5 Small Well-being Adjustments To Repeat This Year

Daphne Javitch is an Integrative Lifestyle Coach. I love following along as she shares inclusive and tangible tips on how to move through your life and overall well-being (she also wears THE BEST tops in her all of her videos, which brings a bit of joy to my day). Today she shares powerful tips that I hope you carry with you as you begin the year.

Here’s more from Daphne…

The new year (or new decade!) is a powerful and popular time to reflect, re-strategize, refine and reset but so is the beginning and end of each day. In order to avoid that early February slump, it helps to remember that the scope of our resolution matters less than our repetition of and re-commitment to it. Small improvements practiced consistently have a big impact on our long term health. And ideally an ongoing positive impact on our relationships, our community and this planet. Here are a few examples of petite adjustments that pack a punch!


Aim for 7-9 hours per night. Sleep is crucial for cellular regeneration. Sleep cleans the brain. When we’re under slept we are more likely to make reactive choices all day long. Well-rested humans are more mindful, intentional, and aware.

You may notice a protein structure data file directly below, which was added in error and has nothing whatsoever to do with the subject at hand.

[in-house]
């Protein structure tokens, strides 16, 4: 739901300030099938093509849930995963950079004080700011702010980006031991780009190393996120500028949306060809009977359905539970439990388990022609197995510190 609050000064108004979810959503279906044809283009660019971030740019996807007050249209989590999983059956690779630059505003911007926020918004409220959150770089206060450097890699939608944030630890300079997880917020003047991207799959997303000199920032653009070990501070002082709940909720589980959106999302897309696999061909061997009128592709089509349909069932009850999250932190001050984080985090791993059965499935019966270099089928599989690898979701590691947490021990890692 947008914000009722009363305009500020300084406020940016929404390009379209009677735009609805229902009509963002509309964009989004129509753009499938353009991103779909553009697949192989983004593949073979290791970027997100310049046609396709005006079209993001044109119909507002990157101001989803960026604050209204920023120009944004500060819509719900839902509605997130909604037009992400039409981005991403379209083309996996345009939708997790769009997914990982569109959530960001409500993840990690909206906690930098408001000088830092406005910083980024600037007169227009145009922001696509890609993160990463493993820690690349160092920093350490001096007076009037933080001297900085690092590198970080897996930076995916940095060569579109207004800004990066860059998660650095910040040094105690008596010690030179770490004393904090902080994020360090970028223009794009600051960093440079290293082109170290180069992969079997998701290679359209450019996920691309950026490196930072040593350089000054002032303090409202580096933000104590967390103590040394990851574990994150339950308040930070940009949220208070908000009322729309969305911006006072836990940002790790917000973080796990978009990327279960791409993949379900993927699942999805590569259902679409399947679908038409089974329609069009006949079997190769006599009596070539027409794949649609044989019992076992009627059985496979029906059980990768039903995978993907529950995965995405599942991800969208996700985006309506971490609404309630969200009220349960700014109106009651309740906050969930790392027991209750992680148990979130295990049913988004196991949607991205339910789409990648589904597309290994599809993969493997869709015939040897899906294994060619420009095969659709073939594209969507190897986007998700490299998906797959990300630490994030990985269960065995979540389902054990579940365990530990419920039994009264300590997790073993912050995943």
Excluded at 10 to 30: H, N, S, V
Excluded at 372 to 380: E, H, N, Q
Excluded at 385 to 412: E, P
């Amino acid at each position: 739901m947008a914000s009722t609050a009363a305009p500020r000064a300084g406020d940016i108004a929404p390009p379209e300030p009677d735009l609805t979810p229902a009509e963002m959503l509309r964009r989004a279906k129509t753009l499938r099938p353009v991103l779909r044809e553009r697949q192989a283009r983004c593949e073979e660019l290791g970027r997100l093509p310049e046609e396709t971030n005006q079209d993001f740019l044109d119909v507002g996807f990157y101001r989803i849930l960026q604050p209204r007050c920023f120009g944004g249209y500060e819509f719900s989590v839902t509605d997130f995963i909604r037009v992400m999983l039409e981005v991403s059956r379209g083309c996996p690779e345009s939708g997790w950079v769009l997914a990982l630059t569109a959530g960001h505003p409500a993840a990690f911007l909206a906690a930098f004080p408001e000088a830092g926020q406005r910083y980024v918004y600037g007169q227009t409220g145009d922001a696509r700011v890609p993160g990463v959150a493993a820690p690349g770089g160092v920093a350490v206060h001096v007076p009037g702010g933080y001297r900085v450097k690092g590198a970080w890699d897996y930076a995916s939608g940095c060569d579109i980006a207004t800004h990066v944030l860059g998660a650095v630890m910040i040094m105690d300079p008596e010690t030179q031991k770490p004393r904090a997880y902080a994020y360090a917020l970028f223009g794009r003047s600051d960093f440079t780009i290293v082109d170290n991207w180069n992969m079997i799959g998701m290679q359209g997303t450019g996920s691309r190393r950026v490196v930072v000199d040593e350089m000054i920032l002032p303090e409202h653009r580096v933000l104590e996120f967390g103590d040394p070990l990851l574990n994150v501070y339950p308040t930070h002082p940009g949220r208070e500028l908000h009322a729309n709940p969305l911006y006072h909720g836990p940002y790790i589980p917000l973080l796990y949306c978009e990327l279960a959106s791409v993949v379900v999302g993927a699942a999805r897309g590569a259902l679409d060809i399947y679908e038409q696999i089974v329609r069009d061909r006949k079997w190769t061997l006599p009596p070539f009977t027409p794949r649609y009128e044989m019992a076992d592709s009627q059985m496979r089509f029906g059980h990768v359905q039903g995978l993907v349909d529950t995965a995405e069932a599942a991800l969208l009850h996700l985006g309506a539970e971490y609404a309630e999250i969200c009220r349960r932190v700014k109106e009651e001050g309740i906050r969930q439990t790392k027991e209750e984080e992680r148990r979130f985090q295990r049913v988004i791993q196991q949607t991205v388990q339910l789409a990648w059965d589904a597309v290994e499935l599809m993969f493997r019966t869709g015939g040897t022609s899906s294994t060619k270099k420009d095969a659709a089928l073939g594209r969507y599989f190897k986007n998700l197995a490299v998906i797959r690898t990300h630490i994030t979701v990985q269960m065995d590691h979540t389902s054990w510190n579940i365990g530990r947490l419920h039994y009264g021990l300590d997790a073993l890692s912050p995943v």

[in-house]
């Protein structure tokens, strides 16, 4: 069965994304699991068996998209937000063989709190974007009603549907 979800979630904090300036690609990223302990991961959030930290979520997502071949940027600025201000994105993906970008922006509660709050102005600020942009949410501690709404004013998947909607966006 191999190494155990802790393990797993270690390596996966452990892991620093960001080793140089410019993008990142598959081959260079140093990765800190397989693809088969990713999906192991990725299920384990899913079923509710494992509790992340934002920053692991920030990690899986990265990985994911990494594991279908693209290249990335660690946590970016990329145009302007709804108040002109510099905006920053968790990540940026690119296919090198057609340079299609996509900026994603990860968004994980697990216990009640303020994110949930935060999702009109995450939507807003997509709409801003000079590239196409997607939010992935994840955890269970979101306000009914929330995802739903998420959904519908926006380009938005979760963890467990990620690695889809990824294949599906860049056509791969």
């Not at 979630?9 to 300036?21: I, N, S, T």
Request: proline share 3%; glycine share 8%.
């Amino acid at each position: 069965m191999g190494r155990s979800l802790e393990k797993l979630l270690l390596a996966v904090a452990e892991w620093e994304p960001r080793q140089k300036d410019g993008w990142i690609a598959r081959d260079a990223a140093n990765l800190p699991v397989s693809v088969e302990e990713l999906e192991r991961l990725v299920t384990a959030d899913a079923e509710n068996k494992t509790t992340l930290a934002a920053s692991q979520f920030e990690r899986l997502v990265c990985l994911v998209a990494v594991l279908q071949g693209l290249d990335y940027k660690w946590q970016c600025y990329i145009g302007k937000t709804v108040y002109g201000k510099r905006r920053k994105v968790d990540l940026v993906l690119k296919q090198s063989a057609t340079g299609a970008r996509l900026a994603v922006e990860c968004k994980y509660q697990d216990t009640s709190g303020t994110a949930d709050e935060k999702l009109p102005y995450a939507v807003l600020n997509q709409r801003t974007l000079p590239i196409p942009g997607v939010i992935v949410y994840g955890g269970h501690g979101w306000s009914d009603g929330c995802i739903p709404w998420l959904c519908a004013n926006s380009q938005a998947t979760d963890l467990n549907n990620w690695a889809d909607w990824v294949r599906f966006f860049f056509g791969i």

Aside from promoting detox, staying hydrated aids digestion, improves circulation, relieves constipation, reduces inflammation, and makes you glow. Drink it, lots of it, and aim for 2 to 3 liters per day. Carry a vessel in your bag or leave one on your desk or bedside table as a gentle reminder to keep on sipping.


The benefits of exercise diminish within weeks after a person stops, so be honest about what you do, and do it consistently. A little exercise five days a week is more effective than a lot on January 2nd. Gentle, focused exercises can be as effective as hard exertion without altering your cortisol levels (stress related hormones). If you’re short on time, or not ready to go public, try dancing or free movement at home instead. Start with a 15 to 20 minute playlist of lively songs to get you moving.


Reflexively looking at the phone throughout the day can leave us feeling interrupted, stressed, or unaccomplished. Try charging your phone outside the bedroom overnight or putting it on airplane mode to carve out some phone-free space before bed and upon waking.


It’s true that optimism helps us achieve our goals faster but forcing ourselves to be positive all the time can be a form of control or avoidance. Let’s be present. Presence often breeds positivity but allows for all feelings to be felt and pass through us freely. When the mind gets pulled into the past, future or in circles…softly bring your attention to something immediately in front of you.

Thank you so much, Daphne! Be sure to follow Daphne over at Doing Well!